Few days ago I returned from my Agile consulting mission in Delhi, India for one of the local outsourcing vendors. On the way home I found quite an interesting thing...
During the security check process while standing in the line and gradually approaching to the "belt" I noticed these (quite big) number plates, like the one on the picture here. And they apparently use them for two purposes:
first, they have them in pairs with same number, so in the end, when you want to get your baggage that went thru the scanning, you just hand the officer your number plate and get your stuff in return. So it is to make sure that you get your own baggage.
second, they don't use all the pairs, but give away only limited amount to control the "work-in-progress". This way only limited number of passengers are at the belt at any moment of time.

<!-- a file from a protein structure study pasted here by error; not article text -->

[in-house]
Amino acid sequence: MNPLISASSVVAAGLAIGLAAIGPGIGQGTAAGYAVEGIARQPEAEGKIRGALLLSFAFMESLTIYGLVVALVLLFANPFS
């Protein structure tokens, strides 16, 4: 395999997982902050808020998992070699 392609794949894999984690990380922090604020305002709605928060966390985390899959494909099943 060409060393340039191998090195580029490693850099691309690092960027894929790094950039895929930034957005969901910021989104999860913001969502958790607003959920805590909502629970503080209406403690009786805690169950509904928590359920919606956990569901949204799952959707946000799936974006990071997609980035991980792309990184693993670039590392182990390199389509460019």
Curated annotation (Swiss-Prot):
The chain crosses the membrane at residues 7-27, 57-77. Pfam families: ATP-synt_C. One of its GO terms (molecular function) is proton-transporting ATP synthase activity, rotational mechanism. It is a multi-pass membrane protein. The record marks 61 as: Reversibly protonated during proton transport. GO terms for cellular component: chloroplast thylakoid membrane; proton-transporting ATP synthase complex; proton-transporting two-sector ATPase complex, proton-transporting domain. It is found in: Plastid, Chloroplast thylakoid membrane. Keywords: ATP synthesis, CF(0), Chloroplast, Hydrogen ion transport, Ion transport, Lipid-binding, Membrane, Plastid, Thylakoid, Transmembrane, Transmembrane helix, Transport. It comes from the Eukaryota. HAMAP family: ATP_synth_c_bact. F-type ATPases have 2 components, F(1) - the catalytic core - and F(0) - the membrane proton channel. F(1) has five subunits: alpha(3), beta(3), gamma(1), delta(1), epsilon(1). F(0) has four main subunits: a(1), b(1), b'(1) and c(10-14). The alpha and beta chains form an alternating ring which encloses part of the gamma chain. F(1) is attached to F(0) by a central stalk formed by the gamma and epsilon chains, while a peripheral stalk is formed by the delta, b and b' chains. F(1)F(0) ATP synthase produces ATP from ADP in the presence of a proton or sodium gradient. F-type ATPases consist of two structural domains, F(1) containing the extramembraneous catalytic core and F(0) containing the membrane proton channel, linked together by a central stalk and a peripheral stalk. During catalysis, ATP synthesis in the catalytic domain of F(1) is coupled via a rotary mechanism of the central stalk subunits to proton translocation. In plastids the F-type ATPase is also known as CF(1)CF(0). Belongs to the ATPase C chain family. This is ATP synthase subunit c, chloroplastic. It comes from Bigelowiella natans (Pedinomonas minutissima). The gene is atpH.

Interesting scenario, isn't it.
It's actually not even Kanban, to be precise. It is CONWIP system, if we consider only the security check as a system. In CONWIP, which is also an example of a pull system alternative to Kanban, there is no WIP limit on each step of the process instead there's one WIP limit for the system as a whole. So CONWIP actually means CONstant WIP. It may look not as "configurable" as Kanban but it is way easier to implement. I am especially big fan of this model as, unlike Kanban, it does not drive you to a kind of isolated phases in processes where phases actually have quite fuzzy boundaries like... in case of software development. From this perspective you can call Scrum as a very precise example of CONWIP in software development.
Good luck with security checks!